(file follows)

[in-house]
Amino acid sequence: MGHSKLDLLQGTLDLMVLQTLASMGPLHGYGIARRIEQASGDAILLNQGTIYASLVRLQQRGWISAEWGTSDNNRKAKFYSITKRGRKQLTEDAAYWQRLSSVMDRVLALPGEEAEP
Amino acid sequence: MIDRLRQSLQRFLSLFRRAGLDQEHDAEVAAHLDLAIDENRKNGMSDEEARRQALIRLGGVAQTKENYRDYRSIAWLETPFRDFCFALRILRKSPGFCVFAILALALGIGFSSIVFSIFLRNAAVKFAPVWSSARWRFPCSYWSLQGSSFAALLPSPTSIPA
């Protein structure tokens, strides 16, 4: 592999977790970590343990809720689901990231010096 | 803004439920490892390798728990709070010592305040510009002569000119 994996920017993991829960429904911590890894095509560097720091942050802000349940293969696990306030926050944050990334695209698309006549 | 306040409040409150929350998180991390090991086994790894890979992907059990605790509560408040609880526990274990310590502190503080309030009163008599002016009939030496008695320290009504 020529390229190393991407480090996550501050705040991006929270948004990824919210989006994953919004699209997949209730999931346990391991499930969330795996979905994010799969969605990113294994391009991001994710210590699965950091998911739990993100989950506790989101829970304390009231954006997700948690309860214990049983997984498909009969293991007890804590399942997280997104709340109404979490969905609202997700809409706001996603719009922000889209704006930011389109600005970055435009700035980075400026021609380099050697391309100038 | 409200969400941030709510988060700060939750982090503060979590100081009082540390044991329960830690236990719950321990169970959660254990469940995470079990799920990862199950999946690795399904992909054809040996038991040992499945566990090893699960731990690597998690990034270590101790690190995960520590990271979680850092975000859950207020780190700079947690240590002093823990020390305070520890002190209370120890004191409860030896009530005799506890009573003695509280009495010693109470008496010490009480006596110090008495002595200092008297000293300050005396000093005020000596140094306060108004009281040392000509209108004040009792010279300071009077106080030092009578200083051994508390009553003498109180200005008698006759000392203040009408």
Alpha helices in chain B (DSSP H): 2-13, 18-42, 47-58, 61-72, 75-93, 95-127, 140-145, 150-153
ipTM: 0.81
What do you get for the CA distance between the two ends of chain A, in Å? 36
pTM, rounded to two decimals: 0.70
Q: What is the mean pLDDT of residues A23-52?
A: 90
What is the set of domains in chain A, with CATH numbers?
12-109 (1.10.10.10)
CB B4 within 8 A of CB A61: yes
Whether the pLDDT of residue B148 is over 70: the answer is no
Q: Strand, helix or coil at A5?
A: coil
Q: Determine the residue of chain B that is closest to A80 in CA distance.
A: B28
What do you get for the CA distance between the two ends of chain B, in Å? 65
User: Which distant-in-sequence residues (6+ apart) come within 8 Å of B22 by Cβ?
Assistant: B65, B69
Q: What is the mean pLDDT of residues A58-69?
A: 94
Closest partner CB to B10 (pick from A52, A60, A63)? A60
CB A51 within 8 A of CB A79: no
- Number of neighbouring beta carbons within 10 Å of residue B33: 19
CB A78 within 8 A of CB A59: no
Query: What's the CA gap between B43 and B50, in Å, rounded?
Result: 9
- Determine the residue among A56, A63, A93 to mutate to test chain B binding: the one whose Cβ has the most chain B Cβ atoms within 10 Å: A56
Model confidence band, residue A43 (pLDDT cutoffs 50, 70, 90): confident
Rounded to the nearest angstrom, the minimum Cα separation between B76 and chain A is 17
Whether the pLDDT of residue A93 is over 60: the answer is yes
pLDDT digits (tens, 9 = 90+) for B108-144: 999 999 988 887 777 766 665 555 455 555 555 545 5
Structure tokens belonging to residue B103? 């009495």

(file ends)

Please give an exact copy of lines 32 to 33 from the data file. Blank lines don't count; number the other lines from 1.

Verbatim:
Rounded to the nearest angstrom, the minimum Cα separation between B76 and chain A is 17
Whether the pLDDT of residue A93 is over 60: the answer is yes